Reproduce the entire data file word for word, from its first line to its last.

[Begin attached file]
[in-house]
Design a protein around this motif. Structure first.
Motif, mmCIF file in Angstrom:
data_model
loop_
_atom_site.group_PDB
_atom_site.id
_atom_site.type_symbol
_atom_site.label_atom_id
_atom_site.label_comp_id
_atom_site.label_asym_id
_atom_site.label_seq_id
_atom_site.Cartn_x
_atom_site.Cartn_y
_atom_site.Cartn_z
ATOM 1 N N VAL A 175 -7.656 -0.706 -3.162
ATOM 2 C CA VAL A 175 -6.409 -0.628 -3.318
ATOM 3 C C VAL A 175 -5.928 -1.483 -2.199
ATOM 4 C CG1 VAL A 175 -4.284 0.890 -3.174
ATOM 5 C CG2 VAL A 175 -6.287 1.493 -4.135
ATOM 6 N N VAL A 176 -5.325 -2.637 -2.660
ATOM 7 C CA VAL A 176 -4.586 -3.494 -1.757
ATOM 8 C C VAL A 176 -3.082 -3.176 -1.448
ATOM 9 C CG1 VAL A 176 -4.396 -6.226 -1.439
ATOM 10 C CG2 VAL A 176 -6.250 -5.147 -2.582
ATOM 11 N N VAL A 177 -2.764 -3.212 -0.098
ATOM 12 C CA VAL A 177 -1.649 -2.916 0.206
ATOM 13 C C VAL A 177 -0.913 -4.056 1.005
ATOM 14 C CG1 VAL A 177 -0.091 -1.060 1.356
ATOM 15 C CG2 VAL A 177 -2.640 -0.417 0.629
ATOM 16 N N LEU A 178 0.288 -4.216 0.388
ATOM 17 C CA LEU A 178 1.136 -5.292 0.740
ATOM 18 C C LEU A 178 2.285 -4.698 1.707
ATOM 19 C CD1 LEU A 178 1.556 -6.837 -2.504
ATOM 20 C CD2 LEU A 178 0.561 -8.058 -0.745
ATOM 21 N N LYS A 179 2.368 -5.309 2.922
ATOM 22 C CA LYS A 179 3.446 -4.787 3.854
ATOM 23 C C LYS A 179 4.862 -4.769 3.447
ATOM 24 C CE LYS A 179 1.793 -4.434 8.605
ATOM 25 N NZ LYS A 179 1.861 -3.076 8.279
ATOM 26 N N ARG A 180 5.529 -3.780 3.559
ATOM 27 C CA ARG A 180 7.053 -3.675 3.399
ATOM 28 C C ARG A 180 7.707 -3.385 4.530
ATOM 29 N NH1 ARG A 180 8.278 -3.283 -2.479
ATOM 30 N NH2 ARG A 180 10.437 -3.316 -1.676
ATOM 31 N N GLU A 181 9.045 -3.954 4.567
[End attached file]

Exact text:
[in-house]
Design a protein around this motif. Structure first.
Motif, mmCIF file in Angstrom:
data_model
loop_
_atom_site.group_PDB
_atom_site.id
_atom_site.type_symbol
_atom_site.label_atom_id
_atom_site.label_comp_id
_atom_site.label_asym_id
_atom_site.label_seq_id
_atom_site.Cartn_x
_atom_site.Cartn_y
_atom_site.Cartn_z
ATOM 1 N N VAL A 175 -7.656 -0.706 -3.162
ATOM 2 C CA VAL A 175 -6.409 -0.628 -3.318
ATOM 3 C C VAL A 175 -5.928 -1.483 -2.199
ATOM 4 C CG1 VAL A 175 -4.284 0.890 -3.174
ATOM 5 C CG2 VAL A 175 -6.287 1.493 -4.135
ATOM 6 N N VAL A 176 -5.325 -2.637 -2.660
ATOM 7 C CA VAL A 176 -4.586 -3.494 -1.757
ATOM 8 C C VAL A 176 -3.082 -3.176 -1.448
ATOM 9 C CG1 VAL A 176 -4.396 -6.226 -1.439
ATOM 10 C CG2 VAL A 176 -6.250 -5.147 -2.582
ATOM 11 N N VAL A 177 -2.764 -3.212 -0.098
ATOM 12 C CA VAL A 177 -1.649 -2.916 0.206
ATOM 13 C C VAL A 177 -0.913 -4.056 1.005
ATOM 14 C CG1 VAL A 177 -0.091 -1.060 1.356
ATOM 15 C CG2 VAL A 177 -2.640 -0.417 0.629
ATOM 16 N N LEU A 178 0.288 -4.216 0.388
ATOM 17 C CA LEU A 178 1.136 -5.292 0.740
ATOM 18 C C LEU A 178 2.285 -4.698 1.707
ATOM 19 C CD1 LEU A 178 1.556 -6.837 -2.504
ATOM 20 C CD2 LEU A 178 0.561 -8.058 -0.745
ATOM 21 N N LYS A 179 2.368 -5.309 2.922
ATOM 22 C CA LYS A 179 3.446 -4.787 3.854
ATOM 23 C C LYS A 179 4.862 -4.769 3.447
ATOM 24 C CE LYS A 179 1.793 -4.434 8.605
ATOM 25 N NZ LYS A 179 1.861 -3.076 8.279
ATOM 26 N N ARG A 180 5.529 -3.780 3.559
ATOM 27 C CA ARG A 180 7.053 -3.675 3.399
ATOM 28 C C ARG A 180 7.707 -3.385 4.530
ATOM 29 N NH1 ARG A 180 8.278 -3.283 -2.479
ATOM 30 N NH2 ARG A 180 10.437 -3.316 -1.676
ATOM 31 N N GLU A 181 9.045 -3.954 4.567